IMPACT (a group of 27 faith congregations around Central Virginia) convened at its yearly 11th Assembly on Community Problems. It was there that a presentation was given on how the community is joining forces to improve care for seniors, given that the focus of IMPACT last year was enhancing eldercare for 2016.
Peter Thompson, director of the Senior Center addressed the interfaith group discussing future plans it has to joint together to improve services and amenities including: civic and community engagement, housing and transportation, all of which are relevant to the lives of seniors. Given that the aging issue is known as “the No. 1 demographic issue our commonwealth faces” (as specified by the University of Virginia’s Weldon Cooper Center for Public Service). This sentiment was echoed by Catholic Church of the Incarnation Pete Kashatus, who explained that “last year, we learned that on average, [the cost of elder care services is] one-and-a-half times what the average person over 60 brings home in a year,”
A few months ago the agencies in the community were approached by IMPACT to improve coordination and thus identify the size of the “affordability gap” in order to set up a plan to make senior care services more affordable in the region.
In other news relating to improving the quality of life for seniors, thanks to the National Joint Powers Alliance (NJPA)., many seniors may soon be able to get a hot meal each day in Minnesota. The building will be at the former Eagle Valley High School ag/shop location and has received a donation of $100,000 from the NJPA toward the $1 million price tag of the project. Rick Hest, President of Eagle Bend Senior Center pointed out that by providing meals to seniors it gives them a greater chance of being able to “stay healthy and to stay in their homes for as long as possible.” Ultimately the Hilltop Regional Kitchen will be helping respond to the most basic needs of hundreds of seniors, while at the same time, repurposing a vacant building in the community. The grand opening is slated for June 1, 2017.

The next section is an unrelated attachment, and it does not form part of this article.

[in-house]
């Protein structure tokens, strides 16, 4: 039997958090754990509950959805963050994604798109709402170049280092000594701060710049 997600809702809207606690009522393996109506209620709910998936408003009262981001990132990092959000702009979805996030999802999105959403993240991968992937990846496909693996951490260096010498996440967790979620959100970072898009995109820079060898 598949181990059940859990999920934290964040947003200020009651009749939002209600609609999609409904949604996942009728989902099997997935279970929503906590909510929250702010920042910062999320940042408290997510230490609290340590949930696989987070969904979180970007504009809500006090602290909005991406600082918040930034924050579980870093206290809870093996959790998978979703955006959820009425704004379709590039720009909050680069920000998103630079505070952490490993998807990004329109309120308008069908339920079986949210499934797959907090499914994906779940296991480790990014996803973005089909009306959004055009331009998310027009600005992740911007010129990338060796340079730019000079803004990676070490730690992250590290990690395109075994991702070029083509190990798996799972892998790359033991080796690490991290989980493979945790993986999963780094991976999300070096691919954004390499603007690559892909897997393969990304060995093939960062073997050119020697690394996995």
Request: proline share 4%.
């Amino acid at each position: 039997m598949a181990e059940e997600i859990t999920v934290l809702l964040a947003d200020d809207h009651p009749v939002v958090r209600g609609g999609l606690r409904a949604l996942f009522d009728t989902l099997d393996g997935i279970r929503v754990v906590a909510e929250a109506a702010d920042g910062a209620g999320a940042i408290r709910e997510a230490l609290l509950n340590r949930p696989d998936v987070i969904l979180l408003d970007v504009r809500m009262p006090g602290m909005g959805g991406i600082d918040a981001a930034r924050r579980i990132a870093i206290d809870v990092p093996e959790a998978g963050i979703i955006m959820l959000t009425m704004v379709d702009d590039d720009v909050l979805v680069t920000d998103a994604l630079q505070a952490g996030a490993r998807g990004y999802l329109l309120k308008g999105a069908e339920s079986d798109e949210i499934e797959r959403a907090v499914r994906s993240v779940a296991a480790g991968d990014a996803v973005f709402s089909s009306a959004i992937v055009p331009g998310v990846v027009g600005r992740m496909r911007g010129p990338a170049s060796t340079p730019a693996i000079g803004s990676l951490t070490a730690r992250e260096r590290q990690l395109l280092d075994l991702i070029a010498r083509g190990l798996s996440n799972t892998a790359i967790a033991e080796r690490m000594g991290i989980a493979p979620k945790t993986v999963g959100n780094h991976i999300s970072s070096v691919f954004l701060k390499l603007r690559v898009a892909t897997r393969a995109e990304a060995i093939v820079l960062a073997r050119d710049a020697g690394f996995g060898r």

Around the world people are increasingly recognizing not only the contribution the elderly are making, but also the extent to which they are keeping up with the times.
First, in Scotland it appears that there has been a huge increase in the number of elderly becoming comfortable with the Internet. The most recent Scottish Household Survey found that, while the number of Internet home users was unchanged from 2014 to 2015 (80 percent) what had changed was how that number was broken up. The increase of those over 75 using the Internet was significant; a further 6 percent of this demographic have started using the Internet.
The UN-organized International Day of Older Persons is marked around the world each year on October 1. Apart from creating awareness of the contribution the elderly make and the respect they deserve, negating stereotypes about older persons and aging. The UN Strategy on this comprises the Madrid International Plan of Action, whereby member states reaffirmed their commitment to human rights and dealing with age discrimination. It also encourages continuing education for all age groups, especially the elderly.